I especially love the organ riff that ends each chorus. It’s a simple arpeggio: I, III, V, I-8va. It’s so simple that I can’t hear it without thinking, “Those producers!” I’m sure Mike Chapman (who co-wrote the song and played keyboards on it) told them, “You want me to play what?!” The whole song features professional musicians playing with as little creativity as they can muster.
The song was originally performed by Racey as “Kitty.” It’s still features a very simple production. But not in-your-face simple. The crew that created “Mickey” really upped the game and produced a song destined to top the Billboard Hot 100.
I asked Will for a recommendation for a song and he mentioned Jethro Tull’s “Locomotive Breath.” I’m deeply divided about the band. On the one hand, they’re like the best bar band ever, and Ian Anderson is great on the flute. On the other hand, they’re like the best bar band ever, and Ian Anderson is great on the flute.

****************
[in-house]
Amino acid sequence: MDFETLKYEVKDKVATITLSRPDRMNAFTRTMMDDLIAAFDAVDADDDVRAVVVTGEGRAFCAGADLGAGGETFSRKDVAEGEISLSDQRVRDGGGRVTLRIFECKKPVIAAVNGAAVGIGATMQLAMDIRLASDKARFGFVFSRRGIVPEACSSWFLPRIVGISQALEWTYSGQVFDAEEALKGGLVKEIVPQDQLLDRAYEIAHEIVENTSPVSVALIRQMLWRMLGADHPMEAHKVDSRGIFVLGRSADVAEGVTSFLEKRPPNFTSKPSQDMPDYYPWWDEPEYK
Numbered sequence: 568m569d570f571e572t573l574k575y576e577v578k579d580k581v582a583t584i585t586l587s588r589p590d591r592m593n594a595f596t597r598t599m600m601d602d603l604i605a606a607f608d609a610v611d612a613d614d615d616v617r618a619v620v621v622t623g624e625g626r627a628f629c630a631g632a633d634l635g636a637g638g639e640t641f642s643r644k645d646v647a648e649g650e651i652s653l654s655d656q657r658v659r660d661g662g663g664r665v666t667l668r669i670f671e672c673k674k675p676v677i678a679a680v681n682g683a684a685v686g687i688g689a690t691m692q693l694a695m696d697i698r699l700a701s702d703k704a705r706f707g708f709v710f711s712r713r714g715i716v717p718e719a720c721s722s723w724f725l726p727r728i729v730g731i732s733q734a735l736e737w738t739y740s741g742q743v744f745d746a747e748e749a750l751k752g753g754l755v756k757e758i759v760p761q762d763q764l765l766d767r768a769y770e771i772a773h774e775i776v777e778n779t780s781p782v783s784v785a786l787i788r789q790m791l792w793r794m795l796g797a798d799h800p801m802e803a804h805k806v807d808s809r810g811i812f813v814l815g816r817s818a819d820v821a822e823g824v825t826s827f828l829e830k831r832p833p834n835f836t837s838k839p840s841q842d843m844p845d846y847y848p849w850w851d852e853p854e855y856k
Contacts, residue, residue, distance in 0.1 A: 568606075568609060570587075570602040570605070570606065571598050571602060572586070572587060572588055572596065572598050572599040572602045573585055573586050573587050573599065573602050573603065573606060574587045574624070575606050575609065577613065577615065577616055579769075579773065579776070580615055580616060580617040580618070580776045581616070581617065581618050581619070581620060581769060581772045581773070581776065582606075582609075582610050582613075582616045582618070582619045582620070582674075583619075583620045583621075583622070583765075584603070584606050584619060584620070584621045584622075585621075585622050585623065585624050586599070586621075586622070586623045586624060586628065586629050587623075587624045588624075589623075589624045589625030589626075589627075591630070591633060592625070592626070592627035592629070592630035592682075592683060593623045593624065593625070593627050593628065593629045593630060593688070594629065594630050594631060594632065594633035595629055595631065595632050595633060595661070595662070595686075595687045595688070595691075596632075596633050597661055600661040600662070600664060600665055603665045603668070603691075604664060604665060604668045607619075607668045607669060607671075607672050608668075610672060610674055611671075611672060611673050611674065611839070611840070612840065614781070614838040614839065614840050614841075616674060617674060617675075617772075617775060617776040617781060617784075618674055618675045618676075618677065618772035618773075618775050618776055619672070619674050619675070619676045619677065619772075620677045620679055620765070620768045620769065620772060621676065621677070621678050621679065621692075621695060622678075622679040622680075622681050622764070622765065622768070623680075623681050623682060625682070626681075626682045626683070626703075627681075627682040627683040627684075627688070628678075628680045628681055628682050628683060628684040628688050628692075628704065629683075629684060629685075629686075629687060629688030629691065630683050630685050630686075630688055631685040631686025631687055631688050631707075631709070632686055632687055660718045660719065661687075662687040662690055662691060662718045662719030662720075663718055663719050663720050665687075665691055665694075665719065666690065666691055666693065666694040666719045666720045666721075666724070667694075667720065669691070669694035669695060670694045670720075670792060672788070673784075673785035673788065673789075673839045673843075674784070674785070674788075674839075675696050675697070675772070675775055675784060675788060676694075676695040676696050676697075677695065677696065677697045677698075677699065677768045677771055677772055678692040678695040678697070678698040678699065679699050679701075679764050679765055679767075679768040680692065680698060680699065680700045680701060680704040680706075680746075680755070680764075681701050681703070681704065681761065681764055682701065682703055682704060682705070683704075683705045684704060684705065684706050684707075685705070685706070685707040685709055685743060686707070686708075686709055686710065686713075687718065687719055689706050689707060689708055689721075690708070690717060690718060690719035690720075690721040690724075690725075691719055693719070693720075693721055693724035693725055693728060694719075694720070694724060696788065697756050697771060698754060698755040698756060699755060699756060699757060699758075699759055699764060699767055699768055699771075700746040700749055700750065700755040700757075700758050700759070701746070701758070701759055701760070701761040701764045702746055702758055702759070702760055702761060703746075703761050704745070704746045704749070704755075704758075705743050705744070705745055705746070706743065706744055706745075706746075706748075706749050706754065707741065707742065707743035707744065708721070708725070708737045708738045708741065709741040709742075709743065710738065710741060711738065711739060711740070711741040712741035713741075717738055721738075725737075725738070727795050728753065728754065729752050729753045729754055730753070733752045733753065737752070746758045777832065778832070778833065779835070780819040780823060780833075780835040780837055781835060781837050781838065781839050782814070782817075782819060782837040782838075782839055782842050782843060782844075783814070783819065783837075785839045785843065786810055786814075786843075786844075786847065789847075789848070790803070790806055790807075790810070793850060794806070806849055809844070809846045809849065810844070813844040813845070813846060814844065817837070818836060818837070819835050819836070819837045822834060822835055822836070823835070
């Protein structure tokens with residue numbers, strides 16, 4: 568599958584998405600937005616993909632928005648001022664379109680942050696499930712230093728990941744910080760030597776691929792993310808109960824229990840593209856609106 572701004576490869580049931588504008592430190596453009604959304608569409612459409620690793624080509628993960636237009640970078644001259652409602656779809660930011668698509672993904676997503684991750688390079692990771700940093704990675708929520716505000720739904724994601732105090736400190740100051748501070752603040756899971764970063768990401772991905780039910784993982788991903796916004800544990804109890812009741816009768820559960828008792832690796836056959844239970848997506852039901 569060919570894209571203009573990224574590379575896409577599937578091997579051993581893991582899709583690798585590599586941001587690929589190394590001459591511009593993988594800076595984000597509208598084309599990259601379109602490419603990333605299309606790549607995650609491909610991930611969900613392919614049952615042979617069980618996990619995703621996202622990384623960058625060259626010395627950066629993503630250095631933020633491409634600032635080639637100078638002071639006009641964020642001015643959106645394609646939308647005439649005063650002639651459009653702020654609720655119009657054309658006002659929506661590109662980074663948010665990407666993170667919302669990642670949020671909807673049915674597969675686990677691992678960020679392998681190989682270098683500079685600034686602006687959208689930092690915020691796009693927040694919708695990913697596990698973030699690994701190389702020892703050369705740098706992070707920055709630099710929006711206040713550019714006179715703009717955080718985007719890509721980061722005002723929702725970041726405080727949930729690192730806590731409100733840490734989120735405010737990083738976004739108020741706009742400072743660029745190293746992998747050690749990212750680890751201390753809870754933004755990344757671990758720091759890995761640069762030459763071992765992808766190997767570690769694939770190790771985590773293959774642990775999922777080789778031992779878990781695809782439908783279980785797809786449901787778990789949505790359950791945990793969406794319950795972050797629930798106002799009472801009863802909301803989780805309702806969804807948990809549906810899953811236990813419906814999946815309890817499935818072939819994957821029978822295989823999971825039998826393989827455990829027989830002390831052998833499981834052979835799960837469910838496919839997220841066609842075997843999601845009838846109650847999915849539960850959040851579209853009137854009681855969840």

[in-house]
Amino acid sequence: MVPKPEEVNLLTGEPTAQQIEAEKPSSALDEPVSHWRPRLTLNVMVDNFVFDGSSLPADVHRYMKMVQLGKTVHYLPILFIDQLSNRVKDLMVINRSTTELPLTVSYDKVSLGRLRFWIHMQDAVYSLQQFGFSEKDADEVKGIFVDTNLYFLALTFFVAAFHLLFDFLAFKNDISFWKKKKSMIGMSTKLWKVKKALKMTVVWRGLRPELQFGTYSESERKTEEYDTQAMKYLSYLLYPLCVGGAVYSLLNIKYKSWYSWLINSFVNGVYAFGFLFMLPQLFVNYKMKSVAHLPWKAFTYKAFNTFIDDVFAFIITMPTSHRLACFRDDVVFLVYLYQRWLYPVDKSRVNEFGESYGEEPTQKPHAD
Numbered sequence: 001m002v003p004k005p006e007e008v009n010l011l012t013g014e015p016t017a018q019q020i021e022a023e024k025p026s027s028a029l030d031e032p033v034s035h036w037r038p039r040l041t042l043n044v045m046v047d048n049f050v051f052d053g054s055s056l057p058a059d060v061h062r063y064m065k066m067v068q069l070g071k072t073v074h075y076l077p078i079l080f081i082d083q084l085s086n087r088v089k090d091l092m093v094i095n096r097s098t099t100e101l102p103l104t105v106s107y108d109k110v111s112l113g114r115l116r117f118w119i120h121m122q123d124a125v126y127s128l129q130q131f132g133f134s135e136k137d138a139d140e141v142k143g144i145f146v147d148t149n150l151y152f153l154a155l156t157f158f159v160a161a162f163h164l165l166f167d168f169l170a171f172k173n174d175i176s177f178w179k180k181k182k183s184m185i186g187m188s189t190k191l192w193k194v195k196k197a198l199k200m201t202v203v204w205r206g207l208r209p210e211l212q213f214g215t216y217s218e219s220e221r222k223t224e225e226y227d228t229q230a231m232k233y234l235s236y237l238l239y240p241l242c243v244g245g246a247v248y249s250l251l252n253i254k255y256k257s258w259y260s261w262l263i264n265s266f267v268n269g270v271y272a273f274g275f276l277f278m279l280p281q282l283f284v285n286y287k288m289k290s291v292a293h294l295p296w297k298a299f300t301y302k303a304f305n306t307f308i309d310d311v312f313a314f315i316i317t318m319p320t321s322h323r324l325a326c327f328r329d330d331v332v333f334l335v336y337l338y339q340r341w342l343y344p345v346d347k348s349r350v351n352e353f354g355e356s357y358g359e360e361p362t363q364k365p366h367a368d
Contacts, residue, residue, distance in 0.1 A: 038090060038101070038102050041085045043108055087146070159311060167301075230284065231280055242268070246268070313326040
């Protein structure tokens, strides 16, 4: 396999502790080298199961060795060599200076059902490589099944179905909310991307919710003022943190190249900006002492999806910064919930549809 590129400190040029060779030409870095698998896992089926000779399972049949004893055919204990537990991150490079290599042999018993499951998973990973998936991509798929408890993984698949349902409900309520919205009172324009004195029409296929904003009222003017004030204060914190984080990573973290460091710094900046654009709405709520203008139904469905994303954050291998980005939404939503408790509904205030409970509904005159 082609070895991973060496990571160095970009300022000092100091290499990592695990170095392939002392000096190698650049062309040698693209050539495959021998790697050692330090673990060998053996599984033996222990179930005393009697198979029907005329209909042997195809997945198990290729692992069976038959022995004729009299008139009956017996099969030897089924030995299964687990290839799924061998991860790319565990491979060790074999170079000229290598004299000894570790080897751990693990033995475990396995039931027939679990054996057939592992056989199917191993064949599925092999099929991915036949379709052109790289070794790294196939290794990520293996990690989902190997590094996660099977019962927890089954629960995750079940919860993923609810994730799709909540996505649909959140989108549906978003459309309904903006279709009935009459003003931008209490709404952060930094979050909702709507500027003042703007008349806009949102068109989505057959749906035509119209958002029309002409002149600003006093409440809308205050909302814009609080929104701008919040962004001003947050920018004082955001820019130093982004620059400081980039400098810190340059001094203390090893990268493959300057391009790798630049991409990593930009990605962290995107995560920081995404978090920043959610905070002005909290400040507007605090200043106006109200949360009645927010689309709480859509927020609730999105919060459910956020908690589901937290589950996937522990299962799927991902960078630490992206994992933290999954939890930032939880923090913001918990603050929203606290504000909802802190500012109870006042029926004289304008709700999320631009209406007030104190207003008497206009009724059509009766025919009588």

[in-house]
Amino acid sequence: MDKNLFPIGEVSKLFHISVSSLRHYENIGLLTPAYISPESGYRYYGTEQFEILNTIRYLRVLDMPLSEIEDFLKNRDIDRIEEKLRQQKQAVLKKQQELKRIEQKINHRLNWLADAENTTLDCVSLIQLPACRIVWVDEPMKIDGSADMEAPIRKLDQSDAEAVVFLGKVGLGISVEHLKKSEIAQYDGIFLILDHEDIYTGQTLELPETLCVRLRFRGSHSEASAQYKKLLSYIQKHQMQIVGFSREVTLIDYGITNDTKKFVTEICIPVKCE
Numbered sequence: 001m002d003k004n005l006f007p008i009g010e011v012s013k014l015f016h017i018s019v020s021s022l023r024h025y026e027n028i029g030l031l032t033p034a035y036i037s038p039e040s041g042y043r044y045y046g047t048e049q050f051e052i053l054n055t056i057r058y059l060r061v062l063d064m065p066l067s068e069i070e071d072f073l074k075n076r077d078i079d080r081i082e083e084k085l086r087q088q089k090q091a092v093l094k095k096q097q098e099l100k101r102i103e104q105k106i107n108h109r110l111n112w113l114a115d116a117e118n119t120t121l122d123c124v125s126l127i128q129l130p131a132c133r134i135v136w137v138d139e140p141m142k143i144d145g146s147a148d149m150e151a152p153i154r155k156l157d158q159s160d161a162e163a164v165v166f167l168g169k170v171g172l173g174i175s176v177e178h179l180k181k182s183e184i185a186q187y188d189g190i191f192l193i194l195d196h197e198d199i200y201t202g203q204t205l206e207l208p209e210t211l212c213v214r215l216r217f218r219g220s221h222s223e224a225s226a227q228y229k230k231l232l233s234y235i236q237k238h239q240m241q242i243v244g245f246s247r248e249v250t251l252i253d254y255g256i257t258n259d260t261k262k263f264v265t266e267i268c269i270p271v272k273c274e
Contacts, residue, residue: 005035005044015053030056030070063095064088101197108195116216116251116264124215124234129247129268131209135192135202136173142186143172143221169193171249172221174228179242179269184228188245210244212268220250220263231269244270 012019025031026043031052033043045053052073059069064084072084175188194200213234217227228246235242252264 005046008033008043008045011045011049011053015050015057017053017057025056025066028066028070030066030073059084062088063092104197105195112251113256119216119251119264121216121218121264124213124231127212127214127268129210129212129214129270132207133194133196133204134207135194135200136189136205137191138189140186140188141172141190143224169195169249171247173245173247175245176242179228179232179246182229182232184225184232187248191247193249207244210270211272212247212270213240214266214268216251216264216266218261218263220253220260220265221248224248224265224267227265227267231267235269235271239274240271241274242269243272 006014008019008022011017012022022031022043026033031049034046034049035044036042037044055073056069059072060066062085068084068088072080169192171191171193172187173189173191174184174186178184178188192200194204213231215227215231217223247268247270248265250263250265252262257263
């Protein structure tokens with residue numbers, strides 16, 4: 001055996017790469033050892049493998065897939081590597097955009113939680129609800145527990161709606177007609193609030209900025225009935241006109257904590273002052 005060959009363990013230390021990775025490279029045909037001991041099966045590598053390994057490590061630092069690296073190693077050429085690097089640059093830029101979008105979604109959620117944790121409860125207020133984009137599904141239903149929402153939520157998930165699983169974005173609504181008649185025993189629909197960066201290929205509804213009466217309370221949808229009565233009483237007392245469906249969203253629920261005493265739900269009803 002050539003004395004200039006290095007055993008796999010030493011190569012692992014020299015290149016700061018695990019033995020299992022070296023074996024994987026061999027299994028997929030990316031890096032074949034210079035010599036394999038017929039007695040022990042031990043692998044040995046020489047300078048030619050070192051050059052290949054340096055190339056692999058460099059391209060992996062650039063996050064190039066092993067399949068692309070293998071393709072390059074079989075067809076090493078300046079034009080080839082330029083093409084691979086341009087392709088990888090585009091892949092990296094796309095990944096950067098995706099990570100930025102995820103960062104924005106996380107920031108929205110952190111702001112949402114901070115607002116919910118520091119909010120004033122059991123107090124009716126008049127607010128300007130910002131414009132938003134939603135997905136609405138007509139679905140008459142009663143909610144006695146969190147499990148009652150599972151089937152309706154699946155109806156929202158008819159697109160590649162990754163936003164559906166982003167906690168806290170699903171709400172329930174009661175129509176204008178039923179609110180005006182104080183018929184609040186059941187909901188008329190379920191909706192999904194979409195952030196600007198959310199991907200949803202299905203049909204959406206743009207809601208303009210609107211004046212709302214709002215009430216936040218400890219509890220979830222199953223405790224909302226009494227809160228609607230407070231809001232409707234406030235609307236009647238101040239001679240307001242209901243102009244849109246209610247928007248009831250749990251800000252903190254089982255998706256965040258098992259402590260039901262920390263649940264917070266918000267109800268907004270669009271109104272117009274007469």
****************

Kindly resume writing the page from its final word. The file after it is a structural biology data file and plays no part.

They are still worth listening to now and then. But Anderson grates on me after a short while. And his songwriting doesn’t thrill me in my mid-50s, but I will admit that it did thrill me in my mid-teens.
After reading a bit about “Locomotive Breath,” I find I have a problem with it too. Don’t get me wrong, I like it. It’s exactly the kind of song that the band was meant to play. I could do without the stupid introduction but once it gets going, it’s great.
But I read that Anderson wrote it to express his concern about over-population. Really?! I don’t see how anyone was supposed to get that from the lyrics. I wish artists wouldn’t talk about their work. It always makes it worse.